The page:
But Vettel didn’t produce the most impressive drive of the race. That laurel goes to Fernando Alonso, who drove without a clutch after it broke during the formation lap. Alonso was forced to push the throttle while downshifting for the gearbox to work. Yet Alonso still managed a feisty battle for position with fellow World Champion Jenson Button until Alonso’s engine expired with a big exhale of white smoke with two laps remaining.

I know people like to rip F1 for its sometimes-processional racing. Fair enough. But F1 still maintains an interesting aspect of motor racing that is almost extinct in the NASCAR Sprint Cup Series and IZOD IndyCar Series – mechanical unreliability.

The mechanical engineering of Honda, Dallara and NASCAR chassis and engine builders is fantastic. Stuff does not break anymore in those two series. The chassis and engines are damn near bulletproof.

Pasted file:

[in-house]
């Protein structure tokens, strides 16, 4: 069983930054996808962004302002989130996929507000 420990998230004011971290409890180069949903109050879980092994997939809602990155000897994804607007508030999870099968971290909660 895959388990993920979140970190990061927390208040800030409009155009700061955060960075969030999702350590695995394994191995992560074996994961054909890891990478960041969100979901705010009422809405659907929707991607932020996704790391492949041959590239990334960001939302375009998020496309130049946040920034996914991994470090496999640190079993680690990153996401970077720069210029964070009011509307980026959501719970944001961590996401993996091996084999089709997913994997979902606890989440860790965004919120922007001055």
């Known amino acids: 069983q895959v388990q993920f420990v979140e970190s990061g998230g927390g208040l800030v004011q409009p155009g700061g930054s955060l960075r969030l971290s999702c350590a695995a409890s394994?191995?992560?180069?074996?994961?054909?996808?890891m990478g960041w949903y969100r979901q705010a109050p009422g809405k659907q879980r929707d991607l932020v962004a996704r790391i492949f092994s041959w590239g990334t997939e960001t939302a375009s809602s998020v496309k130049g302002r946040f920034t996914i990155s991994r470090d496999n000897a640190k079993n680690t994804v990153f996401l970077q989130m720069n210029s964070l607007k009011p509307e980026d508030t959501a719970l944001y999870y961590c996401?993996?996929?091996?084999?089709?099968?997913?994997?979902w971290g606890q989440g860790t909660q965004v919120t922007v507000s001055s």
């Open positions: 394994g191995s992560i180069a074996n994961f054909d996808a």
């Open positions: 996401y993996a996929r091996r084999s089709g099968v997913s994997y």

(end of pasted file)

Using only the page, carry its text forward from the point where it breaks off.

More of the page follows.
That’s great for the reputation of those companies, but it does rob the sport of some drama. Can you imagine the lore of the Indianapolis 500 without Parnelli’s turbine breaking with four laps to go in 1967? Without Bill Vukovich dropping out with nine laps remaining in 1952 due to steering failure, handing a win to a young California cat named Troy Ruttman? Without Tom Carnegie’s famous “Mario Andretti is slowing down on the backstretch!” declaration on the PA to the crowd? Hell, this blog wouldn’t have a name without that, either.

I don’t yearn for the days when one-third of the field is eliminated by engine detonations that look like crop dusting in an IZOD IndyCar Series or Sprint Cup Series race. But it would be cool if once, just once, the thought of “Is this dude’s rig going to hold up to the finish?” entered the equation like it sometimes does in F1, especially early in the season while teams are still finding and squashing mechanical bugs.

The other issue of breakage came Friday night during the Camping World Truck Series race at Nashville Superspeedway.